To grasp the distinction I’m drawing, consider the question of whether life exists on Mars. Many people believe that it might, most probably in microbial form. Certainly, we can all agree that life either exists on Mars or it does not (there can be no middle ground). However, we currently lack sufficient evidence to justify a belief in life on Mars. Some day we might acquire such evidence. Perhaps methane will be discovered on the planet’s surface, raising the probability that microbes exist. Perhaps other bits of evidence will emerge as well. At some point, the accumulating data might grow so compelling that we would be justified in believing that life does indeed exist on Mars. Likewise, we can all agree that miracles such as Jesus rising from the dead either did, or did not, occur. My claim is that, to date, evidence for such an event — and any other event that is regarded as a miracle — is too weak to justify anyone’s belief in it as fact.
I claim no great originality for my argument. I’m borrowing from the great Scottish philosopher David Hume, particularly Section 10 of his magnificent Enquiry Concerning Human Understanding (1748). If there is any novelty in my presentation, it owes to the marriage of Hume’s ideas with a famous theorem in probability theory proposed by the Reverend Thomas Bayes in ‘An Essay towards solving a Problem in the Doctrine of Chances’ (1763). The technical details, fortunately, can be put to the side for our purposes.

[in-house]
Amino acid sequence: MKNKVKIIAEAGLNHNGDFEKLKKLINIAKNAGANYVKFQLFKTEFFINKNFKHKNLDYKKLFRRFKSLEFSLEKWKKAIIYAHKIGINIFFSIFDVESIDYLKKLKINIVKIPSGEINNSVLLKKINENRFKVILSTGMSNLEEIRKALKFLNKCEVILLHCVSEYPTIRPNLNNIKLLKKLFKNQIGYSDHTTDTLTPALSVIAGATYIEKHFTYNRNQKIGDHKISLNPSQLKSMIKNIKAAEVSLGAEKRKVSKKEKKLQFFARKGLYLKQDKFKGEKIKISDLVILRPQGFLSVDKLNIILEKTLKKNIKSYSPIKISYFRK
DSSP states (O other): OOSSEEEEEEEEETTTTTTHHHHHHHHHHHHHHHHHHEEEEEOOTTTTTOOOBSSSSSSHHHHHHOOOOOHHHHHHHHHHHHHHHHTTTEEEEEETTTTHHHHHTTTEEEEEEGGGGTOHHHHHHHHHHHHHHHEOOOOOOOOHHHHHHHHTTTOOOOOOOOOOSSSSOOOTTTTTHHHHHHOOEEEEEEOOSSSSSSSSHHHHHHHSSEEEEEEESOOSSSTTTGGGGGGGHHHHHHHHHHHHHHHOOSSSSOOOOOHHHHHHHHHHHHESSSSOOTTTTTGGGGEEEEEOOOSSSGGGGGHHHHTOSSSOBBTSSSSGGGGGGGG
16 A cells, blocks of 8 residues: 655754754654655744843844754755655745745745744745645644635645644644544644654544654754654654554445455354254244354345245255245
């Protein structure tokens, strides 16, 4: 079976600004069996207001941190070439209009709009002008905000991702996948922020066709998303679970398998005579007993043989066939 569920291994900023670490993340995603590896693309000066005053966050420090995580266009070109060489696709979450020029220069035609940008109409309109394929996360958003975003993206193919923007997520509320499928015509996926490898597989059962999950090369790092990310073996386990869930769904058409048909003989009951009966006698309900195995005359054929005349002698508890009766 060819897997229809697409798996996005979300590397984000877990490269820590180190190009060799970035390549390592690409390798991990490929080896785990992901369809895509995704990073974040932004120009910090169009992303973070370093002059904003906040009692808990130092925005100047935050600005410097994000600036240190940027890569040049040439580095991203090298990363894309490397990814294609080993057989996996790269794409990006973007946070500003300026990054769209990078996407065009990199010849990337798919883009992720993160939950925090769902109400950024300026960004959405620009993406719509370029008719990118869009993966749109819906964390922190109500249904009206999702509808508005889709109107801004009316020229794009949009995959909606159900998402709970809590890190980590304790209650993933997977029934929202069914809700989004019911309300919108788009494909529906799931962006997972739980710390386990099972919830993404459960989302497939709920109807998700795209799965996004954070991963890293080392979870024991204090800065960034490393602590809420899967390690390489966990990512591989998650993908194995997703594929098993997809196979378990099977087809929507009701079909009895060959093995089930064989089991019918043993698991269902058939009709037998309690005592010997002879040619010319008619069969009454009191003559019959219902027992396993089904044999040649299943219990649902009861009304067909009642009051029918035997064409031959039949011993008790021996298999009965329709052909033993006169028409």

The argument begins with an assumption that is very favourable to those who believe in miracles. Let's say that the witnesses of miracles are very reliable — far more reliable than ordinary witnesses. This is not to say that miracle witnesses are infallible. If they were, then of course we could trust their reports and there would be nothing more to discuss. But witnesses, we know, are never perfect. Things aren’t always as they seem, our eyes on occasion mislead us, and sometimes we see what we want to see. When a courtroom drama hinges on a witness who turns out to have identified the wrong person, no one doubts that such misidentifications are possible.
Even so, for the sake of argument, let’s suppose that witnesses to miracles almost never err. Of all the reports they make in the course of their lifetime — hundreds, thousands, even 100,000 — they make only one mistake. Should we believe someone who claims to have witnessed a miracle if his or her testimony has a chance of only one in 100,000 of being wrong?
If Jesus did rise from the dead, he’s in a very select group